Having the virus as well, but it's a virus that really affected our census. It's like the idea of, we, we had that real fear of losing our sense of smell and offensive taste so much that we forever ended up going oh, maybe I haven't, I can't smell anything. Can you smell something? Or or I can't taste this specific thing.
So we would almost train our senses and be hyper aware. And I think that's a really interesting time to be in because it was such a collective global experience. And I think that led to, talking to people from. The sales of scented candles went through the roof. People started baking sourdough, cooking, reclaiming recipes, sharing recipes, but interacting with our centers in a completely different world, plus opposite being isolated and actually having this tech world.
So I think it's almost a counter trend to have it being in this digital world. The only way I can interact with people up asleep, online and via zoom. And a lot of that I think will stay as well. And it's great. It's great to be able to have a parent-teacher meeting without having to go. Across town, why you can sit here and someone talks negatively about your child.
You can debrief with a glass of wine and that comfort of your home space. So that's the dark. There is some wonderful things, but I think it is amazing because it is something that we travel, we experienced and we put ourselves in zones and we curated this Aqua subconsciously as well. That comfort blanket is the only that comfort blanket and can't be washed for children because it has a particular smell.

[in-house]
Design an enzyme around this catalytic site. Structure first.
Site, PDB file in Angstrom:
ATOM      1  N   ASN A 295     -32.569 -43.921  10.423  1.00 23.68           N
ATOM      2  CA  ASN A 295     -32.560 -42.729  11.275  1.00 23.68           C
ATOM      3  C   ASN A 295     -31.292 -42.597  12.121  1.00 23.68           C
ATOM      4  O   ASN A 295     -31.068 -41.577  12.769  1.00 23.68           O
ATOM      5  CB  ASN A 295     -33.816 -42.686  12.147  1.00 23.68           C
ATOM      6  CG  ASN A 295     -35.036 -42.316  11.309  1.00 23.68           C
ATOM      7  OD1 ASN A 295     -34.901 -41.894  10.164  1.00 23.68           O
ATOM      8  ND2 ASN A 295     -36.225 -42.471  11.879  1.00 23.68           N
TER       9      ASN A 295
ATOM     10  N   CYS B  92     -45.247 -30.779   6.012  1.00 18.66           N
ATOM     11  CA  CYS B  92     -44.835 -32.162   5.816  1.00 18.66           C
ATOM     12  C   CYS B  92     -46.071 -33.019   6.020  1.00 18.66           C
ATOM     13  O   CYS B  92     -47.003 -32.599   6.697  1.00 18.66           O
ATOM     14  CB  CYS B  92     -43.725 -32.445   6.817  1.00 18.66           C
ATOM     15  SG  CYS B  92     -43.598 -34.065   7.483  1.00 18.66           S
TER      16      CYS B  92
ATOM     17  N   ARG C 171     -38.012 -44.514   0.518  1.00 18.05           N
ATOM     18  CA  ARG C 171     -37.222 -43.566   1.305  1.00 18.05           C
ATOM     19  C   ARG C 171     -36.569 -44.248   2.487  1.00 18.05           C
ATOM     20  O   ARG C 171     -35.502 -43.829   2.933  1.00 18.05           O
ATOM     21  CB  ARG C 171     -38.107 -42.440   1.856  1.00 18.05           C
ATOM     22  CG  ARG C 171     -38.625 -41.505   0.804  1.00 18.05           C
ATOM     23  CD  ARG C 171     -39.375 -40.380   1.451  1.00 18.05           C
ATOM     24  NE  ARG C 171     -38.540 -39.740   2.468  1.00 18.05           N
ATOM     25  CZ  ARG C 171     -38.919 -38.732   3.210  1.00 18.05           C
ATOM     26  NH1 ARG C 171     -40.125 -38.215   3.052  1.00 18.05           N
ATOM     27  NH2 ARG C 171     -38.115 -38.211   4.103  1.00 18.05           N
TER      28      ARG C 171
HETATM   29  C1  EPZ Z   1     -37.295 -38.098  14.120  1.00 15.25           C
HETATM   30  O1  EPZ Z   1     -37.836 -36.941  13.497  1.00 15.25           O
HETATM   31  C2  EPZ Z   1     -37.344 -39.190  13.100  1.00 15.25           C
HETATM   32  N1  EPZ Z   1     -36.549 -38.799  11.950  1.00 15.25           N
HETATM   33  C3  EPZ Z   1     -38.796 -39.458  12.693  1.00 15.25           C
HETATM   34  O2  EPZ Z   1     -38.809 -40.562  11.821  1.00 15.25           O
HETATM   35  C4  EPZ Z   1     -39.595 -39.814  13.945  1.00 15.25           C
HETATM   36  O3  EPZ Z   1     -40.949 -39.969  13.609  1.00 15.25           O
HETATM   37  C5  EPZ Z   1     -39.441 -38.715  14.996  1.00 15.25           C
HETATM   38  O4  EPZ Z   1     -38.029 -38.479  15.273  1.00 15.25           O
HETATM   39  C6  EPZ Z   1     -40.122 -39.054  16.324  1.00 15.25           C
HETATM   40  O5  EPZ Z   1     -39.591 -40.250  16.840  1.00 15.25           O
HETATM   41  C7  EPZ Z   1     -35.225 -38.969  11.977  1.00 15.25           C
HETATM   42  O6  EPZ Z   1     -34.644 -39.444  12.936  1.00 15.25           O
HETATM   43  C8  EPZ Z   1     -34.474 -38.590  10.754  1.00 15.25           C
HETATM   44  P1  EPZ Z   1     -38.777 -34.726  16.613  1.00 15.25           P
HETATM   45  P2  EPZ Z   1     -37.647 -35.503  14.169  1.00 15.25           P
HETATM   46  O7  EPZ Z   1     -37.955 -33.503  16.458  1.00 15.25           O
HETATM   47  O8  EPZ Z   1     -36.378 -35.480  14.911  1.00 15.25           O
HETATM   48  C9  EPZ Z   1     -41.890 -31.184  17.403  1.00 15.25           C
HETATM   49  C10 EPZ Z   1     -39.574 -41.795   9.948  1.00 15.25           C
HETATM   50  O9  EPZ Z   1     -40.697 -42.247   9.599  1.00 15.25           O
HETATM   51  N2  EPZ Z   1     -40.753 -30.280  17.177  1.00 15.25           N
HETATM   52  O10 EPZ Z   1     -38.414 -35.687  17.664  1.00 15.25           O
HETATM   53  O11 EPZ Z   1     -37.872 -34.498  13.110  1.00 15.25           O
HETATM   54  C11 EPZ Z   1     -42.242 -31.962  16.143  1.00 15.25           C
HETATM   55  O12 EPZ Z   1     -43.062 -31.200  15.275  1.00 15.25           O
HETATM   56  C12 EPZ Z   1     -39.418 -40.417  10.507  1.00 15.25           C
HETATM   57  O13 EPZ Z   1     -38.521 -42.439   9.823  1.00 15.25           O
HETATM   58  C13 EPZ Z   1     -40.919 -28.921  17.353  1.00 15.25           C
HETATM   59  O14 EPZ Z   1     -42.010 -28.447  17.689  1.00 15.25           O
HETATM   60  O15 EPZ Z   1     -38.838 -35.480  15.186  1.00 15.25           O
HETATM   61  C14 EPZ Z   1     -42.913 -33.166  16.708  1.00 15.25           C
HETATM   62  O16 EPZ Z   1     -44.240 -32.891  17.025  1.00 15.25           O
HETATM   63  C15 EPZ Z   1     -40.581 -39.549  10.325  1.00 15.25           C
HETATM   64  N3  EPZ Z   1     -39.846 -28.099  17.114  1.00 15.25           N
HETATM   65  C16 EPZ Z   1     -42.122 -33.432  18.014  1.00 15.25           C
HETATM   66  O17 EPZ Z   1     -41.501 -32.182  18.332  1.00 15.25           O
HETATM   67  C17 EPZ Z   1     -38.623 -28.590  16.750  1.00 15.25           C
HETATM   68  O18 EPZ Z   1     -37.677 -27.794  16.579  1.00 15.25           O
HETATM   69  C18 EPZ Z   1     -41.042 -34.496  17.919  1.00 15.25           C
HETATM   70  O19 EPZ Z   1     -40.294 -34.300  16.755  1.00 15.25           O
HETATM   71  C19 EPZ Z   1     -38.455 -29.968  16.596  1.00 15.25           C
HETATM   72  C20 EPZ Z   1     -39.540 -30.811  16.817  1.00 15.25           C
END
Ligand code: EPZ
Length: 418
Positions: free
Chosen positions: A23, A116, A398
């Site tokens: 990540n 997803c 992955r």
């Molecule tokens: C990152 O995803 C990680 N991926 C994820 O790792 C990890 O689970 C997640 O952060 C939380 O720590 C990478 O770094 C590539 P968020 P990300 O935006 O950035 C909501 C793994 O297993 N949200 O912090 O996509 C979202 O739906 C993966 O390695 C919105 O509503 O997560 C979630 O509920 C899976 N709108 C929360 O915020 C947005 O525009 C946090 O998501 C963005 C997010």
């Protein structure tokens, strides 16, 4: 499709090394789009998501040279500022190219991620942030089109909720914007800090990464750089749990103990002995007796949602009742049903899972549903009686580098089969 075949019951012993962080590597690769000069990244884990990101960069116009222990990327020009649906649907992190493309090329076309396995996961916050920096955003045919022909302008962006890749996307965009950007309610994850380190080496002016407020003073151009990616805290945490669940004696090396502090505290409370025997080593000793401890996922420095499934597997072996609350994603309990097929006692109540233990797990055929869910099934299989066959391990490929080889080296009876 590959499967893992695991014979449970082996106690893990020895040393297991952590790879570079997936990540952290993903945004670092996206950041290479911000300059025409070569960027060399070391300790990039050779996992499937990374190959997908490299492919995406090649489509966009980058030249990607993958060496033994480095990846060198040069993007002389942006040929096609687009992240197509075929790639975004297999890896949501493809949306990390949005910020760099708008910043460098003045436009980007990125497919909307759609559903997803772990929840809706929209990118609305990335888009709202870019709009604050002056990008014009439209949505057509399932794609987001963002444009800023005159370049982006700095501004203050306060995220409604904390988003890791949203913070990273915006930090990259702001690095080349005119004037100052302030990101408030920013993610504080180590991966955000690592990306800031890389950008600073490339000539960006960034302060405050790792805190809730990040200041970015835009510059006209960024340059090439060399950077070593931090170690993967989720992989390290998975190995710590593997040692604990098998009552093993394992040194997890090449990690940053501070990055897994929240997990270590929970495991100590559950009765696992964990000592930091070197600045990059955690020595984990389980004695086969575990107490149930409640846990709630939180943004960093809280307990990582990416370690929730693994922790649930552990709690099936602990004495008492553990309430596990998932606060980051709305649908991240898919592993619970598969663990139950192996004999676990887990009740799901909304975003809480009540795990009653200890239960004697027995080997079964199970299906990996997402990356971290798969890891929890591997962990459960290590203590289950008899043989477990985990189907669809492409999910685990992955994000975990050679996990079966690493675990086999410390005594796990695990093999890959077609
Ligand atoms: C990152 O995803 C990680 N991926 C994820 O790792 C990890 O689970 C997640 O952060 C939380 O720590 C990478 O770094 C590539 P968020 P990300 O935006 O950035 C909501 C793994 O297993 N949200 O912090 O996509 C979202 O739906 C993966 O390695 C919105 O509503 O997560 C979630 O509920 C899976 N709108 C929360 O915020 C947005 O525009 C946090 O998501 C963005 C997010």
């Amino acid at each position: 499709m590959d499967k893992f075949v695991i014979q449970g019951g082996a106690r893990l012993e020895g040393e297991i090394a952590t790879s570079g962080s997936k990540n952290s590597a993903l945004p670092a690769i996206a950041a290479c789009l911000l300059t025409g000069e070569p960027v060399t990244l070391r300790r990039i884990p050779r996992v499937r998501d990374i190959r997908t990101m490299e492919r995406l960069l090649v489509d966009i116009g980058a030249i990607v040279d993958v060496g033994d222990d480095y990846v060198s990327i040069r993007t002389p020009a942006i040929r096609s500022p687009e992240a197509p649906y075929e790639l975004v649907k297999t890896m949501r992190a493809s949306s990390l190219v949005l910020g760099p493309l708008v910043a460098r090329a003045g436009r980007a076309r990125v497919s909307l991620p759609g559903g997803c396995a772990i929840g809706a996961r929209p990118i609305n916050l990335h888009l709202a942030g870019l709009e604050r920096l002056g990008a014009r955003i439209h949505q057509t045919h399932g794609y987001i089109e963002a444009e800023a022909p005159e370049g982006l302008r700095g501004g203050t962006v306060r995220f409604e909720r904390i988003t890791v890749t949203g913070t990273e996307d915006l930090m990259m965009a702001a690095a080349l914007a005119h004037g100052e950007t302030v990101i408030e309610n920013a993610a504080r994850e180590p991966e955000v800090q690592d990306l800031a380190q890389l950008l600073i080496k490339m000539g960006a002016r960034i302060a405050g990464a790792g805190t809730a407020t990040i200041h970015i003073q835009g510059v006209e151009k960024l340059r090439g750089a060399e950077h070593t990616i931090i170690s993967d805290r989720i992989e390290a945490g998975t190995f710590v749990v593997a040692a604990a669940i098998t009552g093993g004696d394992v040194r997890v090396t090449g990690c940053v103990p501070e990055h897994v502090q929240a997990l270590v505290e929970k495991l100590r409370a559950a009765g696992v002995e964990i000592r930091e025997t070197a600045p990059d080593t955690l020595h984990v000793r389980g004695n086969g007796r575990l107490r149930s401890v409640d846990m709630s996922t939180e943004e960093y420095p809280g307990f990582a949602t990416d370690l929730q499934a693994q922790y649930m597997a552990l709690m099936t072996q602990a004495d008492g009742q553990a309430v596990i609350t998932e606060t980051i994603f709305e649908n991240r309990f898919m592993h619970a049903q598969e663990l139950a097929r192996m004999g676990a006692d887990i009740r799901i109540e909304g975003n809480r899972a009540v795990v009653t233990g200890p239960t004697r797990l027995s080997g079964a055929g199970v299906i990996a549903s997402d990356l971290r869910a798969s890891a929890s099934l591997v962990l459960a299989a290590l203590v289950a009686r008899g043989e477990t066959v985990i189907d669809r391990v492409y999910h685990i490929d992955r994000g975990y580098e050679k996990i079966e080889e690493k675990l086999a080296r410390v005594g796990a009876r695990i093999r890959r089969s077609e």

So I think we, because of that collective paranoia, we are hyper aware of certain sense sensors and this yes. Smell and food is really interesting. So I think it's really interesting how sales on all on those front, like personal smells perfumes went through the roof as well. And people really experimented and raving, both those things as well.
That's so interesting. And so when I think about the work that you've done previously, all of the work the I'm aware of is the very from the outside, very sensational elaborate, dramatic feasts that, tell a story and take the individuals through a journey. They disrupt the person in that you provide so much unexpected prompts and invitations.
And so has that evolved over the years or what, how are you interacting with brands right now? In this hyper digitized? I think it's it's really, it's a guess. I like to make a statement, but. It is. It's really wonderful just to show people what's possible with your sentences because they're not utilized.
And it's amazing how much we know about our smartphones and the functions. A lot of smart phone alarm, amazing headphones in our electric car, but we don't know, we have all this amazing apps we've become with and the idea that they have not played with, whether it's cross modalities. The idea that if I listen to a certain soundtrack, how can not relate our sense of taste, how we had it, and having those big functions with brands.
It's really interesting. There's a lot of trust for brands to play with the census at the moment, because I think that idea of having a real IRL experience of your brand, it's something that you book people in that can be used as a flagship as well, but you really connect with consumers on that. It bypasses the logical retinas.